Sociology is the study of society through many theoretical perspectives. The most important lesson of sociology is that society is not an external object to be studied. Instead, all of us are active members of society and constantly influence it. Thus, sociology can be applied in everyday life by all members of society. This article discusses three major theoretical traditions associated with the classical founders of sociology. The theories of functionalism, conflict theory and symbolic interactionism and their applications in everyday life are elaborated upon. This is followed by an introduction to the concept of sociological imagination. The article concludes with examples from the everyday life of a sociology student.
Functionalism in Everyday Life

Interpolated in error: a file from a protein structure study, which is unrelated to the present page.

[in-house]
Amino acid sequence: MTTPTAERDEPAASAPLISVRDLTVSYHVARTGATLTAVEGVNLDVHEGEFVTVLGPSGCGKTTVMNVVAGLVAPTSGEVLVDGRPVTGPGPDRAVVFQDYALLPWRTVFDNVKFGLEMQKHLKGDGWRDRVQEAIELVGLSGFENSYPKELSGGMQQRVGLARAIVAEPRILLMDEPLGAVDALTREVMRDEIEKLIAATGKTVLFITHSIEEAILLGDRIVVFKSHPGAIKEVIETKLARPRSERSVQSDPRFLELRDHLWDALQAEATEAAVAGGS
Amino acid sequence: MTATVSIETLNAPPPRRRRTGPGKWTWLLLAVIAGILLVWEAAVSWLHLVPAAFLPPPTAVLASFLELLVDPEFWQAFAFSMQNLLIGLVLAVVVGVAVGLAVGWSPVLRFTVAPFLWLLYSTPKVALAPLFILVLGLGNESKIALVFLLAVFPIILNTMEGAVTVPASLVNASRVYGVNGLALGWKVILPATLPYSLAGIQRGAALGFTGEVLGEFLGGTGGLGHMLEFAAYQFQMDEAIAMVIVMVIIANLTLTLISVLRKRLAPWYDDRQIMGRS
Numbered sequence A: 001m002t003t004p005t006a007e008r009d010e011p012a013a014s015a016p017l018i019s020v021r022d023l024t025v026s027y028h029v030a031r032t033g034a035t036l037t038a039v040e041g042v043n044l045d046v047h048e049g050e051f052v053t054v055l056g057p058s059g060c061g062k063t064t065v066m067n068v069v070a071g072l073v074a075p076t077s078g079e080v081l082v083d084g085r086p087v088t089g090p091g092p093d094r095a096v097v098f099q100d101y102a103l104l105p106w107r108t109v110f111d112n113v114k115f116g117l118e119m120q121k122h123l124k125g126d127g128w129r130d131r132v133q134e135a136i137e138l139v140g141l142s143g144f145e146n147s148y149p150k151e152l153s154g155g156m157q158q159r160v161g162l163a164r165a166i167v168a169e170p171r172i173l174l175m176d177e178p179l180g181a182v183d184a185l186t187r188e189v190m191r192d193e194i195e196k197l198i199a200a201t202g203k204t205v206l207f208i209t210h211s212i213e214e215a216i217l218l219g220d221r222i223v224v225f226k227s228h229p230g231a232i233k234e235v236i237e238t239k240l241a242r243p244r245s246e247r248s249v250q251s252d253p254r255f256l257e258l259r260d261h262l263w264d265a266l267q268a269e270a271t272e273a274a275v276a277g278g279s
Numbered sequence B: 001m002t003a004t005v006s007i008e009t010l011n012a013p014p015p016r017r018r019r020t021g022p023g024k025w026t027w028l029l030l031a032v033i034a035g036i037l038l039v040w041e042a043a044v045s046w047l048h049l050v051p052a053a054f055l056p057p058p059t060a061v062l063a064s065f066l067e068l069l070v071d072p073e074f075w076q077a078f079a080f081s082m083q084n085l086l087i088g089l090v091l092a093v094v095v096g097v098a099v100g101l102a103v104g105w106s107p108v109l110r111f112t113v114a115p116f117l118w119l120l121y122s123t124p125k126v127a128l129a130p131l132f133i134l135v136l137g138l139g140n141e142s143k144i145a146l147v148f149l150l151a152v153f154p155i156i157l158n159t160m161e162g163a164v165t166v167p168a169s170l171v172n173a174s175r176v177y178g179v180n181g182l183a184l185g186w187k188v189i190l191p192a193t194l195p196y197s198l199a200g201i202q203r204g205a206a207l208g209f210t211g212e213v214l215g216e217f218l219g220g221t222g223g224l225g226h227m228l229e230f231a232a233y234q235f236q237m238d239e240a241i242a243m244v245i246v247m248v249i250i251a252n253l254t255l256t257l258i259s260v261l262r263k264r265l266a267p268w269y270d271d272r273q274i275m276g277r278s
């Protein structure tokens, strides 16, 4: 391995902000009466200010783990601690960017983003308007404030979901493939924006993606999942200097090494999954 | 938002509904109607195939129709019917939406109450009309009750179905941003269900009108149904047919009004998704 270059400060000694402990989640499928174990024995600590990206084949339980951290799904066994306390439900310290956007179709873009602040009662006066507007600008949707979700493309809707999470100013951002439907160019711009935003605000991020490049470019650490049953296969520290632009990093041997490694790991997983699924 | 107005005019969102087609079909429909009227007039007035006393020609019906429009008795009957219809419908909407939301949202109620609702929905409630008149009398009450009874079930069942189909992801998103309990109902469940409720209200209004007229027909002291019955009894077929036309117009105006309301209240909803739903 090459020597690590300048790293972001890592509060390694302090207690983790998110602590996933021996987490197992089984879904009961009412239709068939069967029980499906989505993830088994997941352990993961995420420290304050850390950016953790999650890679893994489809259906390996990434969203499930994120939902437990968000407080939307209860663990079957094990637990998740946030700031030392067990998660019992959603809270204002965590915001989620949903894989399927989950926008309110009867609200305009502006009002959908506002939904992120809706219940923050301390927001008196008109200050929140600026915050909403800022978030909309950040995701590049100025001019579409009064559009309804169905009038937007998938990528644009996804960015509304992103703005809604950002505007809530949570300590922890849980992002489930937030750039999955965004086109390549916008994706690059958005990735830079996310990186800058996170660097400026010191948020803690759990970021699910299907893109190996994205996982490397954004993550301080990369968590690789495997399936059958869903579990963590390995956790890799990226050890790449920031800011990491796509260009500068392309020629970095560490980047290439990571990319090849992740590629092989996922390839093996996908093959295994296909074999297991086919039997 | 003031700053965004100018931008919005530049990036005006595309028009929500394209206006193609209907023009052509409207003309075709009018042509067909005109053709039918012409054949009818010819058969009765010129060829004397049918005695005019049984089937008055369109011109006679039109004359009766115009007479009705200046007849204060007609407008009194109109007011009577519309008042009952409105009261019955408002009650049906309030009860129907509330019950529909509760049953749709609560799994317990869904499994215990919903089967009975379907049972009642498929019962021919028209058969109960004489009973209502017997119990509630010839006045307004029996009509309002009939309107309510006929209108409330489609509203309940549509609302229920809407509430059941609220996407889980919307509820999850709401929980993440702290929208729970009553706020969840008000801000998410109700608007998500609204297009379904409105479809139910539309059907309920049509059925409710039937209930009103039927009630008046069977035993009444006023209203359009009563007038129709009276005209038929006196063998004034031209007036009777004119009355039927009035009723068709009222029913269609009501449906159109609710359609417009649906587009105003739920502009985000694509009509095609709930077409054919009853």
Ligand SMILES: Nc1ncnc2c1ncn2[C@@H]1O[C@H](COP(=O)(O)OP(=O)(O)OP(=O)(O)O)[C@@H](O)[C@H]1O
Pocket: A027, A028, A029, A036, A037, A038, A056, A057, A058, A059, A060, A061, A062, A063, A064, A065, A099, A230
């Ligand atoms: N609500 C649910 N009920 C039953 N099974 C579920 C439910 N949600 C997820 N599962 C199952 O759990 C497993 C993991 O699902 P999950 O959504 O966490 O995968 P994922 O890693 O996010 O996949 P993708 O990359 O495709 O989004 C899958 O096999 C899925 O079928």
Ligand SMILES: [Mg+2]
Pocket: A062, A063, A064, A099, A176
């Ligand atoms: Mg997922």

Functionalism proposes that society is a complex system consisting of various parts that work together for smooth functioning. The French sociologist Emile Durkheim compared society to the operation of any living organism. According to this organic analogy, society works similar to a body comprising multiple organs in sync. A single organ such as the heart can only be studied by looking at its relationship with the rest of the body. Similarly, functionalist theorists stated that society must be studied by investigating the relationships of different institutions. Multiple social institutions such as education, legal and family systems work together to maintain order in society. For example, in our daily lives, we adhere to many laws that are stated in the Indian constitution. The Motor Vehicles Act passed in 1988 provides laws that regulate traffic on roads. These are guidelines stated for our safety and protection. Each time we step onto the road with our cars, we must keep in mind to wear our seatbelts, not drink and drive and follow speed limits. Without these rules, there would be chaos on the streets, and our normal everyday life would be largely disrupted. Hence, the legal institution of India is one of many that helps to maintain order in society by socializing citizens to obey laws.